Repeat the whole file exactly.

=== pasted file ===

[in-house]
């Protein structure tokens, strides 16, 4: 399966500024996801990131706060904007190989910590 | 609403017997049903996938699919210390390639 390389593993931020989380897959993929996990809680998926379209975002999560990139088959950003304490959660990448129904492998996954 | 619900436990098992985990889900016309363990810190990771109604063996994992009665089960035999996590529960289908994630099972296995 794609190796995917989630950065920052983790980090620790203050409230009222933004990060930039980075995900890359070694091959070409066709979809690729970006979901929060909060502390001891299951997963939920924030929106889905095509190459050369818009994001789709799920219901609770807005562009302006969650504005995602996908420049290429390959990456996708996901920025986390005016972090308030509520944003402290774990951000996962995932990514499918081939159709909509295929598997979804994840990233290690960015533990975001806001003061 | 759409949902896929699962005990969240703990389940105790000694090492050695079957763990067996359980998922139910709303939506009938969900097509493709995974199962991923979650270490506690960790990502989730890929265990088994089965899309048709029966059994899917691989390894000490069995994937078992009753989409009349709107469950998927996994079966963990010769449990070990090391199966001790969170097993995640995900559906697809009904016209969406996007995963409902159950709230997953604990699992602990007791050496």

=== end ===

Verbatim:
[in-house]
């Protein structure tokens, strides 16, 4: 399966500024996801990131706060904007190989910590 | 609403017997049903996938699919210390390639 390389593993931020989380897959993929996990809680998926379209975002999560990139088959950003304490959660990448129904492998996954 | 619900436990098992985990889900016309363990810190990771109604063996994992009665089960035999996590529960289908994630099972296995 794609190796995917989630950065920052983790980090620790203050409230009222933004990060930039980075995900890359070694091959070409066709979809690729970006979901929060909060502390001891299951997963939920924030929106889905095509190459050369818009994001789709799920219901609770807005562009302006969650504005995602996908420049290429390959990456996708996901920025986390005016972090308030509520944003402290774990951000996962995932990514499918081939159709909509295929598997979804994840990233290690960015533990975001806001003061 | 759409949902896929699962005990969240703990389940105790000694090492050695079957763990067996359980998922139910709303939506009938969900097509493709995974199962991923979650270490506690960790990502989730890929265990088994089965899309048709029966059994899917691989390894000490069995994937078992009753989409009349709107469950998927996994079966963990010769449990070990090391199966001790969170097993995640995900559906697809009904016209969406996007995963409902159950709230997953604990699992602990007791050496």